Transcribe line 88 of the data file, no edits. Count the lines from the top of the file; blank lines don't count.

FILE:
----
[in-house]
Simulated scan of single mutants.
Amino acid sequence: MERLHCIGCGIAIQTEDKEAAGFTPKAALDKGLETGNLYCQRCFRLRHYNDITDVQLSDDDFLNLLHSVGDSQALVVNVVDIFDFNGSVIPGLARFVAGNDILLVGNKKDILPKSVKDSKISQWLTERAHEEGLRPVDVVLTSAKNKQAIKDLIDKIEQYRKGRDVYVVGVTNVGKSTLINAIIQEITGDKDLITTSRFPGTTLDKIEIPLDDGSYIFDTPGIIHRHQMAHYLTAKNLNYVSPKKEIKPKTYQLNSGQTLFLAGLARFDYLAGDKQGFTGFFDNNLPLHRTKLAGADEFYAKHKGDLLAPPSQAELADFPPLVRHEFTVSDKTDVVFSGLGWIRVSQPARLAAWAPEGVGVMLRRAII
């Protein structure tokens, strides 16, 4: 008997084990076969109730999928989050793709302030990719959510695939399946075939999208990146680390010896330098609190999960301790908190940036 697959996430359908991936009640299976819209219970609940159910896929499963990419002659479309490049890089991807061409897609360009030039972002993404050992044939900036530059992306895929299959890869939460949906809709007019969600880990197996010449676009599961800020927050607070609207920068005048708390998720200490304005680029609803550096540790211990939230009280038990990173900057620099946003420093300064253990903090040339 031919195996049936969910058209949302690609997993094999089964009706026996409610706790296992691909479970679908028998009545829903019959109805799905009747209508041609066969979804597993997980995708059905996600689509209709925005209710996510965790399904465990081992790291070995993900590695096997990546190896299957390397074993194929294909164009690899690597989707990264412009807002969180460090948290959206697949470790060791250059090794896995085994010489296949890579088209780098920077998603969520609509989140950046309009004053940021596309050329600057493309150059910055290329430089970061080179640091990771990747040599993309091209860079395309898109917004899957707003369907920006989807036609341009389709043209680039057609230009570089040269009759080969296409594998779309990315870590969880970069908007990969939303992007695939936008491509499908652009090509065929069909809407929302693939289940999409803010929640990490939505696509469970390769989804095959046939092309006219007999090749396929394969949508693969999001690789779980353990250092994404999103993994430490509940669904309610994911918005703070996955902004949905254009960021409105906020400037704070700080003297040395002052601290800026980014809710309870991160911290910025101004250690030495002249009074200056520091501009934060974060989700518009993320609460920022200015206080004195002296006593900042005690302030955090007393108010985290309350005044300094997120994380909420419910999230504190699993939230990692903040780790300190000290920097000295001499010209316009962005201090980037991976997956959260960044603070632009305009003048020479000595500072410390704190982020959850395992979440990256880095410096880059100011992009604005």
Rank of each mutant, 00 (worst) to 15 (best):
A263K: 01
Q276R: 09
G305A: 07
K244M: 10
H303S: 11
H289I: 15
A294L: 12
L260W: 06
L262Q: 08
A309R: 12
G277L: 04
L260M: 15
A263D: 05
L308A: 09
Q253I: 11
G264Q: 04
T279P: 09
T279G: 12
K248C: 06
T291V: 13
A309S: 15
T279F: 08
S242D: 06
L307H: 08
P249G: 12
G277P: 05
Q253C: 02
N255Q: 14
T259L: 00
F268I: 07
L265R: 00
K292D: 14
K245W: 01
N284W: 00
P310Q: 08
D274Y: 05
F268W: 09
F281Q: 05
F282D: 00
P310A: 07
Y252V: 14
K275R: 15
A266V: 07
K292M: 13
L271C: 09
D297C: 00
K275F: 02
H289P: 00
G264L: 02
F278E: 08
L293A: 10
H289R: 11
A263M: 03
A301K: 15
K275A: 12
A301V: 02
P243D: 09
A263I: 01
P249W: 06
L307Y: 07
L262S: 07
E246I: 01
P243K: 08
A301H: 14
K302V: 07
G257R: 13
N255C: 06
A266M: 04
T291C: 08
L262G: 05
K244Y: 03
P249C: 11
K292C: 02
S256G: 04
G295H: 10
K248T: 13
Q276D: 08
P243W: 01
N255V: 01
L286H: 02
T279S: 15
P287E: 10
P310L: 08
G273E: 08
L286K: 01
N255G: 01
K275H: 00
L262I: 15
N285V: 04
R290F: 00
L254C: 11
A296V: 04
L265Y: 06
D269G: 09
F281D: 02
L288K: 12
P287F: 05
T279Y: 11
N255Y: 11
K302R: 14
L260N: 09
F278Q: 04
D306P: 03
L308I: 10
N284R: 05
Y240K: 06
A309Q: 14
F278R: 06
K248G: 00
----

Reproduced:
P310L: 08